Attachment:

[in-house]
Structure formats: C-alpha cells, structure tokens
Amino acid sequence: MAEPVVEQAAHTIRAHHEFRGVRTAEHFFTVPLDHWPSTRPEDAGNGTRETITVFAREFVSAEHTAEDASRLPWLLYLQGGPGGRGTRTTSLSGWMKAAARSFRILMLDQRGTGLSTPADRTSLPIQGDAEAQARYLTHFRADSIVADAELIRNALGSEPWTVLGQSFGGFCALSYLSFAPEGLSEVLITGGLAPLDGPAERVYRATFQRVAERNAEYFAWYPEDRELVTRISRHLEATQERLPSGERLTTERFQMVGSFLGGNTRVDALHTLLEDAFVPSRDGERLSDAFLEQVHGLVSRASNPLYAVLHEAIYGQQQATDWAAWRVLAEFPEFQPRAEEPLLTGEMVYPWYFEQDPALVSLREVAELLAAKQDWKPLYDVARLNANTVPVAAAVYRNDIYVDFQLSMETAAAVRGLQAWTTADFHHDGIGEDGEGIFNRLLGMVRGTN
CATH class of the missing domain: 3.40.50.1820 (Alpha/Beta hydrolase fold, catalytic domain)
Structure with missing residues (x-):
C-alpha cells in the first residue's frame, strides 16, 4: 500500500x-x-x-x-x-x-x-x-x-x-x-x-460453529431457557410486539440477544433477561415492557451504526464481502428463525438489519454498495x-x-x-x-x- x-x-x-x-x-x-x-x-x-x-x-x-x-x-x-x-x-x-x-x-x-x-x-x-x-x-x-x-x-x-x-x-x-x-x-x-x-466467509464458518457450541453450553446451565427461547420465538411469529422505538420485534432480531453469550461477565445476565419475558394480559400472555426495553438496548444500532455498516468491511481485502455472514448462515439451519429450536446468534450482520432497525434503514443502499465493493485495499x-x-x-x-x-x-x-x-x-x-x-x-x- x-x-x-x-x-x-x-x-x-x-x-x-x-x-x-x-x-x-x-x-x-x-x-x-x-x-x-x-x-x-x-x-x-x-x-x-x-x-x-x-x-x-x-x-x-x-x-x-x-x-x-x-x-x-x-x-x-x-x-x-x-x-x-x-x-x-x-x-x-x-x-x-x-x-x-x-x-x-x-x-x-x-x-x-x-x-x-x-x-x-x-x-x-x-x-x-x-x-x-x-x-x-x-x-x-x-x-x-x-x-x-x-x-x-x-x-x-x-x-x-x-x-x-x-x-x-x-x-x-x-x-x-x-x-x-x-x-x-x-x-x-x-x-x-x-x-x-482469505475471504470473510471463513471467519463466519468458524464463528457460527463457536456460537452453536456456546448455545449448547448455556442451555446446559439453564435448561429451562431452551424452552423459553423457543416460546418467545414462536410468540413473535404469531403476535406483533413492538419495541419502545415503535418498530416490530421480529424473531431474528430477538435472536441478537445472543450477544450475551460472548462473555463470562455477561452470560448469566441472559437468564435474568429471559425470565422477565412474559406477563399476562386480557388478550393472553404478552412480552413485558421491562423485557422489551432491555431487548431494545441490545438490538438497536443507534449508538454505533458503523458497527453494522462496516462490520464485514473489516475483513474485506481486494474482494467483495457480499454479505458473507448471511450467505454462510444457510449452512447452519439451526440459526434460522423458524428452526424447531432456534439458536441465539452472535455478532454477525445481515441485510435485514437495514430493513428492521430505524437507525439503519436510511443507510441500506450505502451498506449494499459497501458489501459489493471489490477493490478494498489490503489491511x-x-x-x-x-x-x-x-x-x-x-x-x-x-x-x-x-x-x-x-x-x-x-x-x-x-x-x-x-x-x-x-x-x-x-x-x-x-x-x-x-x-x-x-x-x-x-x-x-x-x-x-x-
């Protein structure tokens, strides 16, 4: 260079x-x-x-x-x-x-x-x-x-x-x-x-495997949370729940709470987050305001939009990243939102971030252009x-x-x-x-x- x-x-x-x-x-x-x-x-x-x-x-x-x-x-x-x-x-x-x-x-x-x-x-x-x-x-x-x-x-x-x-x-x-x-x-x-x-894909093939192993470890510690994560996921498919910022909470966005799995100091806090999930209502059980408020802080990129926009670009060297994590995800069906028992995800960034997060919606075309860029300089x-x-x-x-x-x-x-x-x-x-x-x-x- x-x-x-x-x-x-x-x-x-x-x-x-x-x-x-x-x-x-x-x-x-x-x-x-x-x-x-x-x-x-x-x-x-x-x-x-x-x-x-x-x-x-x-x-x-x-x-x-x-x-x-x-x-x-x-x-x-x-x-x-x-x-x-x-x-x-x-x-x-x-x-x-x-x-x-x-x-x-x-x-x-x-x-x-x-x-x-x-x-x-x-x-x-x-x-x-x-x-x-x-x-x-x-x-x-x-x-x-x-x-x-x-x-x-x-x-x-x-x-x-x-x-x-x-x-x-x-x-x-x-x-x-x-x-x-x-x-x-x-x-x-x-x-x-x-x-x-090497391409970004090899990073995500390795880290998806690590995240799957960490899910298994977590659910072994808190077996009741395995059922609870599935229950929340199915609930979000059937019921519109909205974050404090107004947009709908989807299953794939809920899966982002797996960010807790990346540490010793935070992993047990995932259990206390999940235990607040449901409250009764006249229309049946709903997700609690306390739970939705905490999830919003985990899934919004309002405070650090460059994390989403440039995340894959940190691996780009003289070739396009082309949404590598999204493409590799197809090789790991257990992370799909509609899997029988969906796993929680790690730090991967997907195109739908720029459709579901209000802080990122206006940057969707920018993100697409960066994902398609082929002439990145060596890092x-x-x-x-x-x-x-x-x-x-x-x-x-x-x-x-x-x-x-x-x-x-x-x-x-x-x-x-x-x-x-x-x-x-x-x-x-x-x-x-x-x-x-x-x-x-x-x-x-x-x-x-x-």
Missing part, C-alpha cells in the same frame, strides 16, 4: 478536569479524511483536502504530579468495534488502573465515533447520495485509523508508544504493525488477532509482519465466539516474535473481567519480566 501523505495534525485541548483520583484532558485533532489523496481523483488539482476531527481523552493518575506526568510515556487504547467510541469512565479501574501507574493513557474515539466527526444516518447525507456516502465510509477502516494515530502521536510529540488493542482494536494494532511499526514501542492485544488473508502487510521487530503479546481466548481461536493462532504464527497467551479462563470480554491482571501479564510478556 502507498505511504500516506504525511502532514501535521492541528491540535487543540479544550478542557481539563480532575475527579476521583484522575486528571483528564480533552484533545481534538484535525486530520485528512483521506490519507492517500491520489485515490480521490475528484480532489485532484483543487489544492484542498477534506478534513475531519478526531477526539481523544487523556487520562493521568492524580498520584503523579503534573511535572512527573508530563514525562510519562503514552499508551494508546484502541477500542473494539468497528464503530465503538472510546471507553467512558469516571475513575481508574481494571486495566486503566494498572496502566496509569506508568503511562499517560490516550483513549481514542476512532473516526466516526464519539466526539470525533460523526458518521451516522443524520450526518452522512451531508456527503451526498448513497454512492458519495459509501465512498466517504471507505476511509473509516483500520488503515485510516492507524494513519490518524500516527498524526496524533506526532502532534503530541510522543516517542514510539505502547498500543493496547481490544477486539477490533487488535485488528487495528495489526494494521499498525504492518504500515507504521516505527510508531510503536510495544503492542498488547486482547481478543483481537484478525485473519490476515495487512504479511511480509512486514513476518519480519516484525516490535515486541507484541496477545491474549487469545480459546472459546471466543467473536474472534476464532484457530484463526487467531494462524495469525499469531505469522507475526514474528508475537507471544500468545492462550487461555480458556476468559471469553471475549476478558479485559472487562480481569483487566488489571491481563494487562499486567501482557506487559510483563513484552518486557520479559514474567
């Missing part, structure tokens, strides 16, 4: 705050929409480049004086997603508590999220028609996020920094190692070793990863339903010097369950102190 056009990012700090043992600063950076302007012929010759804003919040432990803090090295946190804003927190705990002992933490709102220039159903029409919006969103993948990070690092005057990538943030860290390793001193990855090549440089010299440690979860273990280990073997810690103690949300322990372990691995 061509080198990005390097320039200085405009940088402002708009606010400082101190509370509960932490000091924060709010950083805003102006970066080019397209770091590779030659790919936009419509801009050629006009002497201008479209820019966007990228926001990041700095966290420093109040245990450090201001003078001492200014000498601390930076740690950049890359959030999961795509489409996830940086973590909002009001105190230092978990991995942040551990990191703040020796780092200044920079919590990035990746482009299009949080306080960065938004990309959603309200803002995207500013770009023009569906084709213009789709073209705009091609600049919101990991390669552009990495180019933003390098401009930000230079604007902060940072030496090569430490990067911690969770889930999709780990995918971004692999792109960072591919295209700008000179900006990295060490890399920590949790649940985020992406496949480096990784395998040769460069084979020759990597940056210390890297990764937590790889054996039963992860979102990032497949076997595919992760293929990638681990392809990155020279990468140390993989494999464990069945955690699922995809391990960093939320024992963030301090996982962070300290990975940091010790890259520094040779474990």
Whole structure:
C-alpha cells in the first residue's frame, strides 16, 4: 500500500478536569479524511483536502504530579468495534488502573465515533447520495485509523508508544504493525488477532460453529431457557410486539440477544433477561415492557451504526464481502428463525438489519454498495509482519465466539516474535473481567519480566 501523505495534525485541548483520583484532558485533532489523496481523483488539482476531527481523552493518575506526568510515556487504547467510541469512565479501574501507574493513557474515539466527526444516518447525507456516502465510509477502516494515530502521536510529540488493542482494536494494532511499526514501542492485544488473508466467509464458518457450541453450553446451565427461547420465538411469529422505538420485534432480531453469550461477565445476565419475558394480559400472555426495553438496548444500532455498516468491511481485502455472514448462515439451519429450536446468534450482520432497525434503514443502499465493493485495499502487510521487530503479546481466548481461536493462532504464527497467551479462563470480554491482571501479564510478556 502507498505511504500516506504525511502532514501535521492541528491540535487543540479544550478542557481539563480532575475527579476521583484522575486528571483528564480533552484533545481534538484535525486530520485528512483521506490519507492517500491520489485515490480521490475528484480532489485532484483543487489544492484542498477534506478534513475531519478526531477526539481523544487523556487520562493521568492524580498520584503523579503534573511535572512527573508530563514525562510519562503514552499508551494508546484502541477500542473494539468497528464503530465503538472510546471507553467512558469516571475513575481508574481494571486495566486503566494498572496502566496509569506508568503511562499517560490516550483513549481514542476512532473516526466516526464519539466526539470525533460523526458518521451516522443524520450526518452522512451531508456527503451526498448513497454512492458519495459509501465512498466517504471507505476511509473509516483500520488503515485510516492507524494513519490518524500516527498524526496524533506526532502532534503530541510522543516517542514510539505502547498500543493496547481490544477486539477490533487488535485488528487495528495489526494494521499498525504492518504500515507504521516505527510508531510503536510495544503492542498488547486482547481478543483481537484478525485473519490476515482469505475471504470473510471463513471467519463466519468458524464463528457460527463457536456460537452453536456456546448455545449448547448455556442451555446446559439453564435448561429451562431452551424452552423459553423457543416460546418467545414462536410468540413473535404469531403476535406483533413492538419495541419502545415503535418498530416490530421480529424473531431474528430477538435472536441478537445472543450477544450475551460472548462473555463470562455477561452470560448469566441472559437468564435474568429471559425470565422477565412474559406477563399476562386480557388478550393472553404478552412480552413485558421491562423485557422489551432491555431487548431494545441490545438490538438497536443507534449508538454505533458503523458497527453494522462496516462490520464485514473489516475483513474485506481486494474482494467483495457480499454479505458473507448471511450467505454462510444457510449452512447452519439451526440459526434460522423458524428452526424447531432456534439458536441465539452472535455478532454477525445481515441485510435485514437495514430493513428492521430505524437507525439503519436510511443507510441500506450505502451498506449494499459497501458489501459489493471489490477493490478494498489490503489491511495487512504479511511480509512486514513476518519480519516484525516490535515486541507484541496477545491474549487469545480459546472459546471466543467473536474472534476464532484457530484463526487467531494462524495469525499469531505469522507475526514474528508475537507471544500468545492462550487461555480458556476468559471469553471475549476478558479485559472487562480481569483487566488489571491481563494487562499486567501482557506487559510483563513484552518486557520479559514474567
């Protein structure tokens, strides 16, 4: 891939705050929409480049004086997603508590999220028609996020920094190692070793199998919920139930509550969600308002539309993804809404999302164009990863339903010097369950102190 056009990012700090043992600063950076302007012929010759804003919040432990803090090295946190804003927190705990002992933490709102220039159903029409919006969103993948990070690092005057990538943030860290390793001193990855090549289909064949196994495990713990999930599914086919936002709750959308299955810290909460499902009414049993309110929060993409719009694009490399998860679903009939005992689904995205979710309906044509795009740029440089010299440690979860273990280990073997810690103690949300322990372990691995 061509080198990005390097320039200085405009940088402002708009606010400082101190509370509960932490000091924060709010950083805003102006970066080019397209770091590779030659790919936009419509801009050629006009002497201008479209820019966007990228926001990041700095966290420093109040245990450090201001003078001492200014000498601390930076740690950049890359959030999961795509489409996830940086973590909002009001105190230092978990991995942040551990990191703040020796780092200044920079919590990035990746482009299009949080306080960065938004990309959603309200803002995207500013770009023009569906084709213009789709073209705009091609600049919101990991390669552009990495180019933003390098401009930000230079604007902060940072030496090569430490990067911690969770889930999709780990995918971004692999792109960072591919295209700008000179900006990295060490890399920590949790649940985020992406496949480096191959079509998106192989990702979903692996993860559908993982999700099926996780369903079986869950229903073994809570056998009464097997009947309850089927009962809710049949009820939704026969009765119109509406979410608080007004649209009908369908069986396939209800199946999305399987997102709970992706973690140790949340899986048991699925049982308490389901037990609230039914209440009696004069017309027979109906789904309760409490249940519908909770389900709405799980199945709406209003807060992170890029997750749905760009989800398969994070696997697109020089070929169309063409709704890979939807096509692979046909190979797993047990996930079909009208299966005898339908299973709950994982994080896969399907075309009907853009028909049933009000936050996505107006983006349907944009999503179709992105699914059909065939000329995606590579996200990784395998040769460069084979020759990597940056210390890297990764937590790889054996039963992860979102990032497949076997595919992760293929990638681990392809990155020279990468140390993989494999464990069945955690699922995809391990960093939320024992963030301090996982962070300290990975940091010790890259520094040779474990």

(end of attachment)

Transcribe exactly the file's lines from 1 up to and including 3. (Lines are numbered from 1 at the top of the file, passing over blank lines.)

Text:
[in-house]
Structure formats: C-alpha cells, structure tokens
Amino acid sequence: MAEPVVEQAAHTIRAHHEFRGVRTAEHFFTVPLDHWPSTRPEDAGNGTRETITVFAREFVSAEHTAEDASRLPWLLYLQGGPGGRGTRTTSLSGWMKAAARSFRILMLDQRGTGLSTPADRTSLPIQGDAEAQARYLTHFRADSIVADAELIRNALGSEPWTVLGQSFGGFCALSYLSFAPEGLSEVLITGGLAPLDGPAERVYRATFQRVAERNAEYFAWYPEDRELVTRISRHLEATQERLPSGERLTTERFQMVGSFLGGNTRVDALHTLLEDAFVPSRDGERLSDAFLEQVHGLVSRASNPLYAVLHEAIYGQQQATDWAAWRVLAEFPEFQPRAEEPLLTGEMVYPWYFEQDPALVSLREVAELLAAKQDWKPLYDVARLNANTVPVAAAVYRNDIYVDFQLSMETAAAVRGLQAWTTADFHHDGIGEDGEGIFNRLLGMVRGTN